- Languages in development ed. by Helle Metslang, Mart Rannut
This book contains a selection of papers presented in Tallinn in 2001 at the international conference on language development entitled ‘Estonian in Europe’. Eighteen papers were contributed by twenty authors, twelve of whom are from Estonia. The majority of papers discuss the Estonian language and use it as the source of examples. Although this makes the collection somewhat specialized, Estonian is one of the lesser-known European languages, and information about it and its use should be welcomed.
The papers are divided into three parts. Part 1, ‘Language and society’ (11–62), is somewhat disappointing. In ‘The ecology of languages’, Östen Dahl briefly reviews the speaker size of the world’s languages (the table he refers to is missing) and then discusses the factors that determine the development of various types of speech communities, using hunter-gatherers, agriculturalists and pastoralists, civilizations, and industrial societies as the factors. Unfortunately, the paper contains little that has not been dealt with by others in greater detail. In the next article, Mart Rannut continues in a similar vein, making a distinction between languages used by native speakers and supranational languages (‘languages of wider communication’), and devotes several pages to language survival and death. After discussing the shift of the cultural paradigm from modernity to postmodernity, the author applies some of his general points to Estonian.
Hannu Tommola asks ‘What happens to our languages?’ and wonders how long some of the languages spoken by small nations (Finnish and Estonian in particular) can withstand the pressure of languages such as English and Russian. In ‘The Latvian language in the 21st century world’, Ina Druviete lists both positive and negative factors that may influence the future prospects of Latvian. Concluding Part 1, Birute Klaas provides an overview of the Estonian communities in southern Sweden and Lithuania and their attitudes toward ethnic identity, bilingualism, and language maintenance. He compares the use of Estonian by Estonians in Sweden by age groups—children, young people, people of early middle age, late middle age, and the elderly.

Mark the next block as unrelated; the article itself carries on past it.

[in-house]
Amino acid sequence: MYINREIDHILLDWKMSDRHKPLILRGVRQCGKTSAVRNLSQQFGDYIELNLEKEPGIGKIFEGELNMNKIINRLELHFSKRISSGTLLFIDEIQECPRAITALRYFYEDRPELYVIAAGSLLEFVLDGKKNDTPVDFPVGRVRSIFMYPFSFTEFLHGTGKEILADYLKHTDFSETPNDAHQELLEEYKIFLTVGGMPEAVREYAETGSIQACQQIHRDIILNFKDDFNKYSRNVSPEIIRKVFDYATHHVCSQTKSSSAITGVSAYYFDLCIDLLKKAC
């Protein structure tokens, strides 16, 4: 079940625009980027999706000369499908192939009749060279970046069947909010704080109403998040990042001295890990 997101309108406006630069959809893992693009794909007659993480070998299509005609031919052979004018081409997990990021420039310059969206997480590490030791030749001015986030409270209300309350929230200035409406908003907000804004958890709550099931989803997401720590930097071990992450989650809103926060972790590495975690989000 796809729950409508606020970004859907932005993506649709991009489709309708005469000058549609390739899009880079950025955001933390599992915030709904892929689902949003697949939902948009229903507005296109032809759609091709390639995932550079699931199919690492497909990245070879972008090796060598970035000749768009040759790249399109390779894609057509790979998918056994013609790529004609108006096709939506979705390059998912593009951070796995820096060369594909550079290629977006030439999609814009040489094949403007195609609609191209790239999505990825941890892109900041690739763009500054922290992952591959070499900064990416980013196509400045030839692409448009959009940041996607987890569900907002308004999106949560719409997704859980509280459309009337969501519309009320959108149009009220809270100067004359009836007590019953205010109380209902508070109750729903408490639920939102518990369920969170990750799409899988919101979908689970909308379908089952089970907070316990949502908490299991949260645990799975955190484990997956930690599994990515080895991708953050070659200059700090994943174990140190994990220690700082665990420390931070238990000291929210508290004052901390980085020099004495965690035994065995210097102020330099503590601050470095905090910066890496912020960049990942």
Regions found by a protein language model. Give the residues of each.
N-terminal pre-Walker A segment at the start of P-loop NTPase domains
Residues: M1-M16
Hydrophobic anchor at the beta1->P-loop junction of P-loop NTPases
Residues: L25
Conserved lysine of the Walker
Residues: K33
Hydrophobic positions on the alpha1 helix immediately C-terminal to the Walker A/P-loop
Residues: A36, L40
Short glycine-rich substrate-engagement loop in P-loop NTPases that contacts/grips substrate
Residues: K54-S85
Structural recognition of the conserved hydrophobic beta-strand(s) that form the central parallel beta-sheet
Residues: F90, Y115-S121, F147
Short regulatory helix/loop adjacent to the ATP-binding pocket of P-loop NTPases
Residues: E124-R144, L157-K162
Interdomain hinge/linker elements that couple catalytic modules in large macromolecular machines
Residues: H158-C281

Part 2, ‘Language and technology’ (63–100), may be of some interest inasmuch as it deals with topics not frequently encountered in linguistic literature. According to Einar Meister and Haldur Õim, human language technology (HLT) deals with the application of knowledge of languages to the development of computer systems capable of recognizing, understanding, interpreting, and generating language in all its forms. The techniques and language resources of HLT are then discussed, and the authors proceed to report on the current status of Estonian HLT. The next two articles deal with an evaluation of the quality of Estonian text-to-speech synthesis and automatic extraction of Estonian phrasal verbs from a text corpus. Part 2 concludes with Thora Tenbrink’s ‘Communicative aspects of human-robot interaction’. She sums up some of the reasons why communication between humans and robots fails and makes suggestions as to how such failures could be avoided in the future.
Finno-Ugricists will be pleased with Part 3, ‘Language and structure’ (101–90), with seven of its nine papers dealing with various aspects of Estonian (including its orthography): the syllabic basis of old (before the 1860s) and modern Estonian orthography; variation in the pronunciation of Estonian as a consequence of the close contact of its speakers with speakers of Indo-European languages; morphology of borrowed verbs; back-formation of verbs and its potential effect on the structure of Estonian; the acquisition of Estonian by a monolingual child (and the difficulties of applying a linguistic theory based on one language to data obtained from another); recent English loanwords and the ways in which they become assimilated; and the changes in the meaning of the terms for ‘smell’ during the past two centuries.